Showing posts from 2021

On the intricacies of affordance-based interfaces in C++

Well that's a rather obscure title, isn't it, and it'll require some explanation about some non-standard C++ structures i've been building at work. First, i've done a little bit of work in the GO programming language, and i really enjoyed the mechanics of it's non-inheriting interface polymorphism (i've called them affordance-based interfaces) Next, i found this talk explaining how to do type erasure in C++ in order to essentially emulate these affordance-based interfaces: I wrote a prototype of this system such that i could make a set of affordance classes that describe a specific member function, and might serve as a "delegate" for that function, and an interface class that could combine several of these affordance classes into a single type-erasing interface. This part actually uses a bit of "regular" polymorphism to attain it's goal, but since i've written macros that generate all the required code for you, you can effec

A look into the process of refactoring and TDD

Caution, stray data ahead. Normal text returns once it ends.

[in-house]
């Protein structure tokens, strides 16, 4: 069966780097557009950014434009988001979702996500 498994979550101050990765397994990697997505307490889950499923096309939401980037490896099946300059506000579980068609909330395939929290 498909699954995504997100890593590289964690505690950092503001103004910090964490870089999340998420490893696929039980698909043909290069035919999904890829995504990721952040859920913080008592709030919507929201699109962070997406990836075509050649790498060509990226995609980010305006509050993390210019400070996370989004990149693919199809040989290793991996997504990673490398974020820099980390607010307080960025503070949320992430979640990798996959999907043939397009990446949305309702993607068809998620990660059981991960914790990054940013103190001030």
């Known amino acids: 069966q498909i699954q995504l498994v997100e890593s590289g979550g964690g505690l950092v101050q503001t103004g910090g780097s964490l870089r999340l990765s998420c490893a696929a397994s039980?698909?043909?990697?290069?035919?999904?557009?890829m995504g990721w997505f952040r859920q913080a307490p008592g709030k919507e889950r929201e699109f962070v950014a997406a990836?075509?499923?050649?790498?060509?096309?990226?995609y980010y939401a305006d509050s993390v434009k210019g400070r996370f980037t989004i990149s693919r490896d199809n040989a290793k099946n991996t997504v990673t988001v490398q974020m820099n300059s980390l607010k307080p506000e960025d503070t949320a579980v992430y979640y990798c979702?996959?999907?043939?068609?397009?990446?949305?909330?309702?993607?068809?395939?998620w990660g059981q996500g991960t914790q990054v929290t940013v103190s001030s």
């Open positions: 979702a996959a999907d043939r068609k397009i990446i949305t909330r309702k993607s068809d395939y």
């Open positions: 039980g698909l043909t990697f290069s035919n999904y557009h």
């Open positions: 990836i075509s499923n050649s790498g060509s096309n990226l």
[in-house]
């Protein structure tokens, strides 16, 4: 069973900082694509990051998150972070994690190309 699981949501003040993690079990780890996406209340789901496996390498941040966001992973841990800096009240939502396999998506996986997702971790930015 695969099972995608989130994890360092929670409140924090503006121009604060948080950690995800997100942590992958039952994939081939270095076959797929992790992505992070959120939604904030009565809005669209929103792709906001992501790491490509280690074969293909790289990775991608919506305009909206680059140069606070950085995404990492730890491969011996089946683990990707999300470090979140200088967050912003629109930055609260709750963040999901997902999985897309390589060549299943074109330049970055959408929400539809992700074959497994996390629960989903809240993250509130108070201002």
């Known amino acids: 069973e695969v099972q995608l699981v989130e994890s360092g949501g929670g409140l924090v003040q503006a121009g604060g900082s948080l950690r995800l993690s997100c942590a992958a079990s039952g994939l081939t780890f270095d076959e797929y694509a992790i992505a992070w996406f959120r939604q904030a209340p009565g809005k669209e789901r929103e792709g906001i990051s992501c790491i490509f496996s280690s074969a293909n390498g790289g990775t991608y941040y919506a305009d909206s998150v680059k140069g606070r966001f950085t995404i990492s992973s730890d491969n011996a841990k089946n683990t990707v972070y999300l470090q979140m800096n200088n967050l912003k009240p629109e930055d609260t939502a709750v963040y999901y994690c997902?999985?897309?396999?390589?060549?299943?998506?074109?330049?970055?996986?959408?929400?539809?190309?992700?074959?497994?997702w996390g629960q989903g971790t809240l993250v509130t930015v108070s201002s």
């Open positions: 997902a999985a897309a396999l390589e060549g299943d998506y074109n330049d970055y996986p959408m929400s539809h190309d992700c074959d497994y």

Today i figured i'd show, and talk about the evolution of a feature using TDD and refactoring (but mainly show). To start, i already had a tested system for adding nodes, which simply set _currentStrength to whatever node was added, but did not yet add the notion concept that these nodes were arranged in a grid, My goal was to add this feature. Starting off with a few quickfire tests to get the basic concept into place.   Blue arrows: order of steps Squares: Added/changed code. +: new test case Notice how by the end of this process i've written 5 separate test cases, and yet the thing still cannot store more than 1 item at a time ( _currentStrength is not a collection of any kind), This is a sign to "future me" that this feature still needs to be finished. This actually makes life a lot easier, since you have very obvious signs of what still needs to be done embedded into the code. C# also allows you to basically "summarize" the testcases above nicely usin